Trump’s dream of cheap oil may come true
As winter keeps its grip on the northern hemisphere it is the oil bulls, not the bears, who have gone into hibernation. The price rally that greeted the new year has fizzled out as renewed concerns about demand growth outweigh the tightening of oil supply through Opec cuts and US sanctions.
Saudi Arabia had already started to deliver on its promised output reductions in December and went beyond what was pledged in January. US production growth has stalled — for now — and President Donald Trump’s sanctions on oil flows from a second Opec producer (Venezuela joins Iran on the naughty step) will cut supplies even further.
The flow of Opec crude to the US fell to the lowest in five years in January, according to data from the cargotracking and intelligence company Kpler. Bloomberg’s own tanker tracking shows the flow of crude from the Persian Gulf to the US last month was 36% lower than in December and almost 60% lower than in August.
Those flows matter, not because the Americans are Opec’s biggest customer — they aren’t — but because the US market is still the most transparent. Official weekly data on the country’s oil production, consumption, refining, stockpiles and trade flows are watched keenly by traders and policymakers. Those indicators drive sentiment.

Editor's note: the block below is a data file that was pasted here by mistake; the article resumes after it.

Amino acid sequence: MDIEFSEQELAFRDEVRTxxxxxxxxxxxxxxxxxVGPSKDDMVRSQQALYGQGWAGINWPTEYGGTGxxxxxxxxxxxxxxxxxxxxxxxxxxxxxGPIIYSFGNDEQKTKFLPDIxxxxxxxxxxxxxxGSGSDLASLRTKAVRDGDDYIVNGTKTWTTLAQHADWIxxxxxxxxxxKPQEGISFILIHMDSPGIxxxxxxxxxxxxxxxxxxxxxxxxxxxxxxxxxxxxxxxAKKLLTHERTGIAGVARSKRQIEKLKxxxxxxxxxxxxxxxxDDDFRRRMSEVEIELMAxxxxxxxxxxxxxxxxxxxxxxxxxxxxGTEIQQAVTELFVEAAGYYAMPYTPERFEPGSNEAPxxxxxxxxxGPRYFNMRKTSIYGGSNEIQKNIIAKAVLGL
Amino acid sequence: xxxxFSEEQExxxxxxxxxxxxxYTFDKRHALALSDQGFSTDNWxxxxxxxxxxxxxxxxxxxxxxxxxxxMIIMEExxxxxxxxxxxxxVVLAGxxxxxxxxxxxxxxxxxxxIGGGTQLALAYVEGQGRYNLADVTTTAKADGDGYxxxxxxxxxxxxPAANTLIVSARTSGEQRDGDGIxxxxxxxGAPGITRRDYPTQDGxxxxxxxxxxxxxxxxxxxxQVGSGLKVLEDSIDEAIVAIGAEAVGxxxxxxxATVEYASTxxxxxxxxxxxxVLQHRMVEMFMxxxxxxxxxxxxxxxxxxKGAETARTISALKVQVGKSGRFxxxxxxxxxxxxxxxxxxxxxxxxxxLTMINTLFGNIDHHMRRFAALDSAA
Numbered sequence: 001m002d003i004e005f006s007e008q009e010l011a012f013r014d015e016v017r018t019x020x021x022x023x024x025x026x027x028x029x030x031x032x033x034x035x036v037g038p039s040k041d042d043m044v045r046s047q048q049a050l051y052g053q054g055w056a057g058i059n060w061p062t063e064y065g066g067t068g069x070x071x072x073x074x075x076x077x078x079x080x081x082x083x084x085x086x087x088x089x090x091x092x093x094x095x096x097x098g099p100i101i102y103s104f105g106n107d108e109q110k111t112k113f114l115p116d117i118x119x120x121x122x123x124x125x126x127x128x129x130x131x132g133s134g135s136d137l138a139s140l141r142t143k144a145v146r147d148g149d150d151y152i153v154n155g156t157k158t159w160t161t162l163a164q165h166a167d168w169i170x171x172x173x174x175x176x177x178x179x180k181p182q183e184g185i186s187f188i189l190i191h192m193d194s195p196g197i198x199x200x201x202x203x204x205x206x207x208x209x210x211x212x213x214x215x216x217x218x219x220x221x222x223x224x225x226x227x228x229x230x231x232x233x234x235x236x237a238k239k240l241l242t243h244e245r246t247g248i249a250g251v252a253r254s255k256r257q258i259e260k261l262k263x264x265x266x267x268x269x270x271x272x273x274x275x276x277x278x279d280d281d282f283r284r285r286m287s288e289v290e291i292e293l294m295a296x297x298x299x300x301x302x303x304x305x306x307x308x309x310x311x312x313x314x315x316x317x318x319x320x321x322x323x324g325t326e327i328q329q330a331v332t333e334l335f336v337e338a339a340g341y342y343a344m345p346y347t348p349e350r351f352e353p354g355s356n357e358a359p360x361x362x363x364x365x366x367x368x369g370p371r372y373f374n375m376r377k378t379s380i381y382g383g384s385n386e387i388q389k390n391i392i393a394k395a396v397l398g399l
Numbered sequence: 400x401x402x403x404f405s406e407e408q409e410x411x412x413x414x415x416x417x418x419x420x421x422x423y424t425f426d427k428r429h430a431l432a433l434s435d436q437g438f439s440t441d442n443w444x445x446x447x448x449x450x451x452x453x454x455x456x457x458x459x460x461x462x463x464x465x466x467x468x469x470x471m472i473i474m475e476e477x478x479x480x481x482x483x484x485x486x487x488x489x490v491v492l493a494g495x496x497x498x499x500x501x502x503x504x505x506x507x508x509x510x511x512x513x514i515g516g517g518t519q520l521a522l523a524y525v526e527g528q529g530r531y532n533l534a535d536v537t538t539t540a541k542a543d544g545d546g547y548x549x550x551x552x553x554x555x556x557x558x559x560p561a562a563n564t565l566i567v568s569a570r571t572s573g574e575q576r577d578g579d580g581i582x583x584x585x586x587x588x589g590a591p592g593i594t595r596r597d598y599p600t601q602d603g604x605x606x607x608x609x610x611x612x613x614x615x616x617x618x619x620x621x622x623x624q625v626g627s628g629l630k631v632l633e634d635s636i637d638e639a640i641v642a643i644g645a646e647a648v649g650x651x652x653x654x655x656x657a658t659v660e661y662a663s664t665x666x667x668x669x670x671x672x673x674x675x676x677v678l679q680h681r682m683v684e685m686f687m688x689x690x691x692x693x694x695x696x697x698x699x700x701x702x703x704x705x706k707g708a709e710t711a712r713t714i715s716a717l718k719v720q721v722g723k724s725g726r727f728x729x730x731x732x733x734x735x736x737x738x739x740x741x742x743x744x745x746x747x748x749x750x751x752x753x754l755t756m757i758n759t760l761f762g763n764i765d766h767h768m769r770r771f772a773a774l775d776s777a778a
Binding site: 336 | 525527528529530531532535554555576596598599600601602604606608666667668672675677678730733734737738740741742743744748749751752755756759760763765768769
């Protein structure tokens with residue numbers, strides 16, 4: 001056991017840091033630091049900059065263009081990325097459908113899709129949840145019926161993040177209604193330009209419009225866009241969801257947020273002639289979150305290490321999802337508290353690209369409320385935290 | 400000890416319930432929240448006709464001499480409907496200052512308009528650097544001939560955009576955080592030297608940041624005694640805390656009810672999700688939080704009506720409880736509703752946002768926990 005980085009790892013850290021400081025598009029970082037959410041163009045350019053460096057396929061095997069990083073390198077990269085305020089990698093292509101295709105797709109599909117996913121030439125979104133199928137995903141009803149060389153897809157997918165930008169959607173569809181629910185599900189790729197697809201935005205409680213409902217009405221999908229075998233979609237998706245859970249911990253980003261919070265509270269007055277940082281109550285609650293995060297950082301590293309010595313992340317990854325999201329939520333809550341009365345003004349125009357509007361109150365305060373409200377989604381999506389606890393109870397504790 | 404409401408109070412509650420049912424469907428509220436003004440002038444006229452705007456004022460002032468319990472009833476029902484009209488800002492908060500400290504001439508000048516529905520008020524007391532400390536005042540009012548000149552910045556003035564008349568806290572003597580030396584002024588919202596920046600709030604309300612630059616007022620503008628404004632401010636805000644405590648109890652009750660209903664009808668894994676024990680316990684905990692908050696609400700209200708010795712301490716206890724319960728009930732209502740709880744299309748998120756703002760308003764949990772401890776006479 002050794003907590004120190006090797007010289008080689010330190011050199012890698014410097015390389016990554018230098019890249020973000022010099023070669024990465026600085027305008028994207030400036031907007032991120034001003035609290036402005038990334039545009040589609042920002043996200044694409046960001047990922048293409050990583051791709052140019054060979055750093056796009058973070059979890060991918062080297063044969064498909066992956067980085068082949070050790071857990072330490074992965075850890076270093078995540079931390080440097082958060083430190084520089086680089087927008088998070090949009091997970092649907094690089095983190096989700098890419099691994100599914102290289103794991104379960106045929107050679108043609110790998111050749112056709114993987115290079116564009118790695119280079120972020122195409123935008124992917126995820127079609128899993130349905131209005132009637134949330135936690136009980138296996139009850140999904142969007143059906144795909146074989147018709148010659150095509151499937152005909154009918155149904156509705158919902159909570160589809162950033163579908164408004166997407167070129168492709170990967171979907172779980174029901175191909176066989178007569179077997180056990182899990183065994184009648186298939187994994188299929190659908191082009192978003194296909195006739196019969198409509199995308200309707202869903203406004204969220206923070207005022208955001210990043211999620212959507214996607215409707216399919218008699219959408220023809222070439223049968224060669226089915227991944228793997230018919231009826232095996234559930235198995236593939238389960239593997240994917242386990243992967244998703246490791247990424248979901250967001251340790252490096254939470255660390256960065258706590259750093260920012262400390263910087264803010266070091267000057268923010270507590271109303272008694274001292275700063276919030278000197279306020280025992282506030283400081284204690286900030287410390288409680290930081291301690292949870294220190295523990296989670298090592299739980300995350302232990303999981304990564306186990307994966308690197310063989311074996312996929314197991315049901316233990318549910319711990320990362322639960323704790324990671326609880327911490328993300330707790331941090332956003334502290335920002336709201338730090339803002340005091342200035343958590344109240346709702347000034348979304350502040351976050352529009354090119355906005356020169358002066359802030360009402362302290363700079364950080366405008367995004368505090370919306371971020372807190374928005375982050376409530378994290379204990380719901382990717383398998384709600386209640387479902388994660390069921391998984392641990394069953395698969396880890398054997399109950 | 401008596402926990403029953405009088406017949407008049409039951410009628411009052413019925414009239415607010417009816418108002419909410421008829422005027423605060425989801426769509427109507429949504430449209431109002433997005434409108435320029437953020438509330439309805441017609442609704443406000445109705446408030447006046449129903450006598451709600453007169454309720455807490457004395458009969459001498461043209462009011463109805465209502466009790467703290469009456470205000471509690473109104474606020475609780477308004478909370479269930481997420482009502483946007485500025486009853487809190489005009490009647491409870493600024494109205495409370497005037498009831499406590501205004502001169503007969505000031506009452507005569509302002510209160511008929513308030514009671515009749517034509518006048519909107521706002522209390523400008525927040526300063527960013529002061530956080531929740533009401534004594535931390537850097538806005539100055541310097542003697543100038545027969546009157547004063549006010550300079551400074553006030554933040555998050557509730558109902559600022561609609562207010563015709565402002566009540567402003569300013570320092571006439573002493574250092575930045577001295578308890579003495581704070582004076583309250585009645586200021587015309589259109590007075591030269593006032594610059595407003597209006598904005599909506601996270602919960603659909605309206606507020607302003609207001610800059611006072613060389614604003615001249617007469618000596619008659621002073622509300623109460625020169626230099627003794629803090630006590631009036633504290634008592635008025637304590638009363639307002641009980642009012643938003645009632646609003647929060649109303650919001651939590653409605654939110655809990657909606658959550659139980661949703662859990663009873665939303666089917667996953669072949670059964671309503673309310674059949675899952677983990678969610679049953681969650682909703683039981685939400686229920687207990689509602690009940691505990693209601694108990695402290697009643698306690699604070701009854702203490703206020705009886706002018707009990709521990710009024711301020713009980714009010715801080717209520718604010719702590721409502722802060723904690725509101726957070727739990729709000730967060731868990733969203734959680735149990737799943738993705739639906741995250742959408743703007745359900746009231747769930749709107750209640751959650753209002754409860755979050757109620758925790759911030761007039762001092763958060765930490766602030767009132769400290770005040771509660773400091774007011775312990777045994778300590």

The problem for bulls is that while oil supply has clearly tightened, demand is starting to look weaker again.
Hopes of a breakthrough in Us-china trade talks were knocked back after Trump said he wouldn’t meet President Xi Jinping before a March 1 deadline to avert higher tariffs on Chinese goods.
Meanwhile, the European Commission has slashed growth forecasts for the euro area’s big economies and warned that Brexit and the slowdown in China threaten to make things even worse. That might start to weigh on oil demand forecasts, which have remained relatively robust.
Last month, the International Energy Agency cited “average prices being below year-ago levels” as the main reason it saw demand growth holding up. We’ll have to wait for its next forecast on Wednesday. Oil prices have been flat for a month, but the weakening economy is negative.